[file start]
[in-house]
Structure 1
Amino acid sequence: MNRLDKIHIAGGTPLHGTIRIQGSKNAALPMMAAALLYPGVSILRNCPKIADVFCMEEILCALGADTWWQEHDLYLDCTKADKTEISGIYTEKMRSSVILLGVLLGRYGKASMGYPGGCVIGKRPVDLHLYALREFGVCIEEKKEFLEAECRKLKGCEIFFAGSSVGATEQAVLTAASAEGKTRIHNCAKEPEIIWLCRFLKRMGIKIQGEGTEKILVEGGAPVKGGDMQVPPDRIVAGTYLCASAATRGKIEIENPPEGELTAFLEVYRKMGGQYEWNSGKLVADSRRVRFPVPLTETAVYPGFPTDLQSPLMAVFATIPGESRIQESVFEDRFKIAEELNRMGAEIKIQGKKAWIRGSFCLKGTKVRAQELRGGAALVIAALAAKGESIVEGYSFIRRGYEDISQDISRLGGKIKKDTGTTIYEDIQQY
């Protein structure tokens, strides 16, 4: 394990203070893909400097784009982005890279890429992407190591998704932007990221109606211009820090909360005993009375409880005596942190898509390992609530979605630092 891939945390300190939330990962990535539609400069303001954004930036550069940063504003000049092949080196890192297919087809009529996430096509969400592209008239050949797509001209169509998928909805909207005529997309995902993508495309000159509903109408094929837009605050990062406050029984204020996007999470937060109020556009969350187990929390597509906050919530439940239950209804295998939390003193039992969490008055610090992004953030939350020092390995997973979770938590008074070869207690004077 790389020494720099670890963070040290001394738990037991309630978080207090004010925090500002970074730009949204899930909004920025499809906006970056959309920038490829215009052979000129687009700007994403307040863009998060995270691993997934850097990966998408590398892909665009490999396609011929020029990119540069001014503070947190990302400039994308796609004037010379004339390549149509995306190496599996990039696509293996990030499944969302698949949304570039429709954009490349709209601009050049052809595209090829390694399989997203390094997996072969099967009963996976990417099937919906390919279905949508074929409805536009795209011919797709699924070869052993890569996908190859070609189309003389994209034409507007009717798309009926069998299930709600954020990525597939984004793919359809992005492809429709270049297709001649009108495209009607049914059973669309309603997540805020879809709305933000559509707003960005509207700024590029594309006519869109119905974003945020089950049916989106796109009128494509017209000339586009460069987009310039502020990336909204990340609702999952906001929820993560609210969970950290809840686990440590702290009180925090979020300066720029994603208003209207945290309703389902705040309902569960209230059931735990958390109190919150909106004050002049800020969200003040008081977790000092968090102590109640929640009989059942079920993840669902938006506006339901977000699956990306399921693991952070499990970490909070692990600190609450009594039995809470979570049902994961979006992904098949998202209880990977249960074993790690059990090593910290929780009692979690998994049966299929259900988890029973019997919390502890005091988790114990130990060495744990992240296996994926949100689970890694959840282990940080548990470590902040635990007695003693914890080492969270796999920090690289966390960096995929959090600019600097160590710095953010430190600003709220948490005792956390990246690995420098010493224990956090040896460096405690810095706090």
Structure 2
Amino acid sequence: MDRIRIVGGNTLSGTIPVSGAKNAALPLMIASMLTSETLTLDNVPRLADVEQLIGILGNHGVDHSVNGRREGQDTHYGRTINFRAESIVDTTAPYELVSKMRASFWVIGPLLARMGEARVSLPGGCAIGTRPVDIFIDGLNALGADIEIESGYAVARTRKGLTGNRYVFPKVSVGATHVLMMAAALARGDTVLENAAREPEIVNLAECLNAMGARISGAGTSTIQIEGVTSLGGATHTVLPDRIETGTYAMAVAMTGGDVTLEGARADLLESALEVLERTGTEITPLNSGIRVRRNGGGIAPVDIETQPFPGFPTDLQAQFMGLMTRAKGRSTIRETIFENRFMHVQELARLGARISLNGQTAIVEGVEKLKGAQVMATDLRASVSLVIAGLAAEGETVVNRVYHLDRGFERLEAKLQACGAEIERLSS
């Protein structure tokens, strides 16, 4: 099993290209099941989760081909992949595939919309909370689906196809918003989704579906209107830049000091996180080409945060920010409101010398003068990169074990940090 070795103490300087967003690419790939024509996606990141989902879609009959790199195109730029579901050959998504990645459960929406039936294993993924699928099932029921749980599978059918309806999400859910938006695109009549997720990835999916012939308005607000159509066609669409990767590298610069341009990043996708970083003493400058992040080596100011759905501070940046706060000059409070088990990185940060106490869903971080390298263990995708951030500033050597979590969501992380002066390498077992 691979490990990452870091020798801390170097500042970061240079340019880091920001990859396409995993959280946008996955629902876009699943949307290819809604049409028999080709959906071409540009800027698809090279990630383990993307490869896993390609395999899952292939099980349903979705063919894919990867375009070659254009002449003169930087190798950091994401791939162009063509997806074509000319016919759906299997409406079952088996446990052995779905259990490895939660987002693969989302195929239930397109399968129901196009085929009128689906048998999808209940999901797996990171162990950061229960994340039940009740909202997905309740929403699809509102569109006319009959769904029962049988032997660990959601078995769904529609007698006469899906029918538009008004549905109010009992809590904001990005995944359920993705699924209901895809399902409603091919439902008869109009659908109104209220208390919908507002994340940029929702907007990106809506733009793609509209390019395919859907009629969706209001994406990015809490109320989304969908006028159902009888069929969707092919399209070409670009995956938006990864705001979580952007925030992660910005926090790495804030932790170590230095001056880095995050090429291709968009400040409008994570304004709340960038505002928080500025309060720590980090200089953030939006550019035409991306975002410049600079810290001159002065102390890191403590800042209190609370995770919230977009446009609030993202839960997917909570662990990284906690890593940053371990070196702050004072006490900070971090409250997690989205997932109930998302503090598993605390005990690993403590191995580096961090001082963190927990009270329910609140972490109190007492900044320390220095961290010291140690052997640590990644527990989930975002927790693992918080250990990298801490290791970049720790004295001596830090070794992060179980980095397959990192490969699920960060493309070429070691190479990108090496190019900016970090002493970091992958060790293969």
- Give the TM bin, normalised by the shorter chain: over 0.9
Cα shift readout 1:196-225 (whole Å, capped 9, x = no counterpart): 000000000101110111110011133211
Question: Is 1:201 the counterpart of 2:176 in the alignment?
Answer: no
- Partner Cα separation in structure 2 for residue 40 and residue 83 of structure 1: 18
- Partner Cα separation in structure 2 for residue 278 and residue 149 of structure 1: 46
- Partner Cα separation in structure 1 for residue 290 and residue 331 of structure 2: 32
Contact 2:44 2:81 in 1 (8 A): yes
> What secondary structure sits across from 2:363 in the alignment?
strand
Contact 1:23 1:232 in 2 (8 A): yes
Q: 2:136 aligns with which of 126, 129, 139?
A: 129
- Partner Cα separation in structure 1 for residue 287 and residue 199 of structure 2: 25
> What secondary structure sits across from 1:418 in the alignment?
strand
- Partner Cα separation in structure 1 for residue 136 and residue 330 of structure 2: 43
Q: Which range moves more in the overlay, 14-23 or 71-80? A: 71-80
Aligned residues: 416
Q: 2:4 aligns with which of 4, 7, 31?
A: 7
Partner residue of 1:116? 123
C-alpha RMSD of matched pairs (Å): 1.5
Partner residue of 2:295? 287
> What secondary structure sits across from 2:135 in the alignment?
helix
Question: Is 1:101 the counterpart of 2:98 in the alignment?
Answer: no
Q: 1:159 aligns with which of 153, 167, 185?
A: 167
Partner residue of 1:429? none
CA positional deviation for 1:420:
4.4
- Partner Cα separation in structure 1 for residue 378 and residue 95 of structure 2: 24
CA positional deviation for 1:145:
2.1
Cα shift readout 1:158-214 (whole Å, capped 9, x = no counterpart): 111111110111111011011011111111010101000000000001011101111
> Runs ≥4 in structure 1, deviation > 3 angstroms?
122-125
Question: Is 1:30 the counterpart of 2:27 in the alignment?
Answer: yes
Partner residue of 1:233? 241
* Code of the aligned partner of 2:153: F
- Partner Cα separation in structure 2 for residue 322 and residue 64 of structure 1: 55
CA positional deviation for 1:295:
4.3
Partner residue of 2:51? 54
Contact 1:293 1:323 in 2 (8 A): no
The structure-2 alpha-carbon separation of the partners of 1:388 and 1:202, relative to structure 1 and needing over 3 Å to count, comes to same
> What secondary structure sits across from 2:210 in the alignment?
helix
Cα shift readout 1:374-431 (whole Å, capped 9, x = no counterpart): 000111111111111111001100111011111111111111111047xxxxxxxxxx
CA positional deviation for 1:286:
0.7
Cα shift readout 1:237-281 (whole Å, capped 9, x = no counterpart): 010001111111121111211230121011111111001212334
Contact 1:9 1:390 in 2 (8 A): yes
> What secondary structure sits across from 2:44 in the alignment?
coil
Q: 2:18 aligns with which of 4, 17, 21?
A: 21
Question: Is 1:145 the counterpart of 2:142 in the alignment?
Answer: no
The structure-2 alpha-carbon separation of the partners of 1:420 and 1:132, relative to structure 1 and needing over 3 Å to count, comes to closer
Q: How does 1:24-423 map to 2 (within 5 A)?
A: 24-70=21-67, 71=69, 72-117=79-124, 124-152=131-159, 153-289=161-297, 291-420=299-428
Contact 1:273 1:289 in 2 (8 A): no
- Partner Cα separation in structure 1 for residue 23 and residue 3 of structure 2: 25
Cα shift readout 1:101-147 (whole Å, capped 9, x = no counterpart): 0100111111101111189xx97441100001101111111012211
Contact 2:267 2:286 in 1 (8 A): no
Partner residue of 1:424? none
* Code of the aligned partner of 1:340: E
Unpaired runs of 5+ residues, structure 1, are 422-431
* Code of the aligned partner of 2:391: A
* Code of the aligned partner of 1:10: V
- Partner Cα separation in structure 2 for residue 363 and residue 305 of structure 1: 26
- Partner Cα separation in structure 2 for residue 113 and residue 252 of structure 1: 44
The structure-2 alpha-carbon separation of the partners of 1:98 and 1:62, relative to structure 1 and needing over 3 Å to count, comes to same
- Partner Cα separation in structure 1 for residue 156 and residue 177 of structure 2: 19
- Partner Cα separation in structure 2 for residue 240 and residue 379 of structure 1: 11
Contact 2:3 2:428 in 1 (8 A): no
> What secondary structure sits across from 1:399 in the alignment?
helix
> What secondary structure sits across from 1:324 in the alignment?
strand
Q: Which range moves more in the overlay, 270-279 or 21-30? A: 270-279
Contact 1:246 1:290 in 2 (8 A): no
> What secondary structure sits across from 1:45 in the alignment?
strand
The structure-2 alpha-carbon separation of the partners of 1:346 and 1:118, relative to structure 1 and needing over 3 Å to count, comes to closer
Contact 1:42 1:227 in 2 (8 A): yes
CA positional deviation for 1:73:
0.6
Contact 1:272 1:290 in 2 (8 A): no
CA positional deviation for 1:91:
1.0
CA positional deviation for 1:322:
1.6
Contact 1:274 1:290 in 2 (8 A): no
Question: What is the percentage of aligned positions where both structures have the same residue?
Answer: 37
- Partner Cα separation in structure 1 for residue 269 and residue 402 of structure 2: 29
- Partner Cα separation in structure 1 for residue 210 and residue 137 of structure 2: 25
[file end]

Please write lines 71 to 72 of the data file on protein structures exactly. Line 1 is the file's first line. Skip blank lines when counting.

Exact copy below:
Q: How does 1:24-423 map to 2 (within 5 A)?
A: 24-70=21-67, 71=69, 72-117=79-124, 124-152=131-159, 153-289=161-297, 291-420=299-428